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Colt Model 1911 of U.S. Army - Serial Number 108583, Issued to Staff Sergeant Howard Latham Pugh

Colt Model 1911 serial number 108583.  One of 1,904 pistols shipped to Commanding Officer, Springfield Armory, Springfield, Massachusetts on March 13, 1915. A Colt .22-.45 Service Model Conversion Unit Serial Number U1333 accompanies this pistol.  Pistol was issued to Staff Sergeant Howard L. Pugh, Company C, 752nd Tank Battalion

Conversion Unit U1333 was shipped March 6, 1942 in a shipment of 11 units to Richmond Hardware Co, Richmond, VA for The Adjutant General of Virginia, Commonwealth of VA Warehouse, Richmond, VA.

Colt Model 1911 serial number 108583 - left side.

Original barrel with separate "P" and "H" .  The "P" is a proof mark and the "H" is the provisional inspection mark of Francis L. Hosmer from serial numbers 101 - 710000, with the exception of serial numbers 133187 - 137400.

The mark of Army Inspector of Ordnance Major Gilbert H. Stewart.  Stewart inspected these pistols from September 30, 1914 - January 12, 1918.  Serial numbers of Model 1911 pistols inspected 101500 - 230000.

Before World War II, Captain Pugh was a company commander in Company "A" of the Richmond Light Infantry Blues (Co. 31, 3rd Battalion, Virginia State Guard)  He resigned that post at the outset of the war and enlisted in the U.S. Army. During the war, he was in the tank corps and attained the rank of staff sergeant.

Staff Seargent Howard L. Pugh in Milano, Italy during World War II.

Staff Sergeant Pugh, Company C, 752nd Tank Battalion, Gorizia, Italy - Army Day, 1946. 

This photo was taken by someone who photographed quite a few of the 752nd tanks as they passed by the church one by one. The photo is almost a carbon copy of others I've seen, and they are all taken from the exact same vantage point. A few years ago one of my Italian researchers who lives in Gorizia identified the church as San Ignazio in Gorizia, in the area of the city known as Piazza Vittoria. The main building of the Allied Military Government was located in this square. The photo was taken during a massive parade roughly marking the 1-year anniversary of the end of the war in Italy. It was taken on what they called Army Day on April 6, 1946. The 752nd records in the National Archives indicate that the entire battalion took place in this parade, along with the 88th Infantry Division. (Source:  Robert  Holt (http://www.752ndtank.com)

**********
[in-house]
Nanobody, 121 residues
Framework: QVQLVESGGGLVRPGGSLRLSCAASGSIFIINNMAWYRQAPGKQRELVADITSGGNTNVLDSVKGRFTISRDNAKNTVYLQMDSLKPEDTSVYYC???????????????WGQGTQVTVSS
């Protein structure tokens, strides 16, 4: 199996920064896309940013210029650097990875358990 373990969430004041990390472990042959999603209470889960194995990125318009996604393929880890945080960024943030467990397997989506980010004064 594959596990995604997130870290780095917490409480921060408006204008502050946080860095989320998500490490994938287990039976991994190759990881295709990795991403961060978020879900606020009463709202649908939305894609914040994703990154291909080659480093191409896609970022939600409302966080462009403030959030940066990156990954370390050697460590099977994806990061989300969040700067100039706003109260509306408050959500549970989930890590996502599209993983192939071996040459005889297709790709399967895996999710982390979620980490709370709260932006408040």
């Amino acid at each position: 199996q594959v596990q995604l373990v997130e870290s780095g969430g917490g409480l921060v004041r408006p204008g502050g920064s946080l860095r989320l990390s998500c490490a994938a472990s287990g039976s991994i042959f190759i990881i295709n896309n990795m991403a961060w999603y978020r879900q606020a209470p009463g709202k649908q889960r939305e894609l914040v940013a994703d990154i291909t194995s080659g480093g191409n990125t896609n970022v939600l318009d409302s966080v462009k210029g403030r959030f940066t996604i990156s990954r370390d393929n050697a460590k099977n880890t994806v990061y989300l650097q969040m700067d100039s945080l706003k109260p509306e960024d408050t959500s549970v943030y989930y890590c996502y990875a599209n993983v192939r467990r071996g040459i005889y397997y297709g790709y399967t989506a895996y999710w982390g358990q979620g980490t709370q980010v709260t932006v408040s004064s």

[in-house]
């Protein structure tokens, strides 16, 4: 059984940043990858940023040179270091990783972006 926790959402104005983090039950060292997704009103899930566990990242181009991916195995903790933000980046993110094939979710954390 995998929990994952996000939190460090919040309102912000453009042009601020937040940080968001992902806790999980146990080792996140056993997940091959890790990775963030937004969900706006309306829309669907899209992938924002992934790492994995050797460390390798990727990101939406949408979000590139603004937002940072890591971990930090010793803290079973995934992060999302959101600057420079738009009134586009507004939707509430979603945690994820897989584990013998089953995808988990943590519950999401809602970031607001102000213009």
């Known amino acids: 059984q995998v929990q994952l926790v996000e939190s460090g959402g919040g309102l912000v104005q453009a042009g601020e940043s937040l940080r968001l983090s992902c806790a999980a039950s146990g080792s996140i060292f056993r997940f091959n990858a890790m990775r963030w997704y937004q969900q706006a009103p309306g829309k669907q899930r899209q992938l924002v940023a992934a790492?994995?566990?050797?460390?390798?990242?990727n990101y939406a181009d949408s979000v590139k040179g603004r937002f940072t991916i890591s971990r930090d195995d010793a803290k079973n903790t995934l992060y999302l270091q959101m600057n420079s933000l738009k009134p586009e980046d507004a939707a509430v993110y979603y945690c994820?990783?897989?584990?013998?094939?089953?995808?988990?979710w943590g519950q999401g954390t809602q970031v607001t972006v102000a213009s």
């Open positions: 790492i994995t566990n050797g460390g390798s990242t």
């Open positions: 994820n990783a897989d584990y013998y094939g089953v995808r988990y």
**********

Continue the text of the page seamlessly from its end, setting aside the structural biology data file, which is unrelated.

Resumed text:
Staff Sergeant Pugh, Company C, 752nd Tank Battalion, Gorizia, Italy.

Staff Sergeant Howard L. Pugh's Honorable Discharge, 25 July, 1946.

Rite Planned for Ex-official of Candy Firm

A funeral for Howard Latham Pugh, a retired executive vice president of the former R.H. Hardesty Candy Co., will be held tomorrow at 2 p.m. at Westover Hills United Methodist Church, 1705 Westover Hills. Blvd.

Burial will follow in Oakwood Cemetery.

Mr. Pugh died yesterday at age 75. He was a Richmond resident.

He attended Richmond Public Schools and also the Virginia Mechanics Institute in Richmond.

Before World War II, Mr. Pugh was a company commander in the Virginia Light Infantry Blues. He resigned that post at the outset of the war and enlisted in the U.S. Army. During the war, he was in the tank corps and attained the rank of staff sergeant.

He began work with the R.H. Hardesty Candy Co. in the 1940s and was promoted to executive vice president in 1964, a post he held until his retirement.

Mr. Pugh was a past president of the Richmond Sales Representatives Association and a past member of the executive board of Sales and Marketing Executives of Richmond. He also was a member of the National Confectioners Association.

He served as a district commissioner for the Boy Scouts of America.

Mr. Pugh was an active member of Westover Hills United Methodist Church for 41 years.

Survivors include his wife, Mrs. Jean Satterfield Pugh; a son, Howard Latham Pugh Jr. of Richmond; a daughter, Mrs. Martha P. George of Richmond; and a grandson. The family suggests that memorial contributions may be made to the American Cancer Society.

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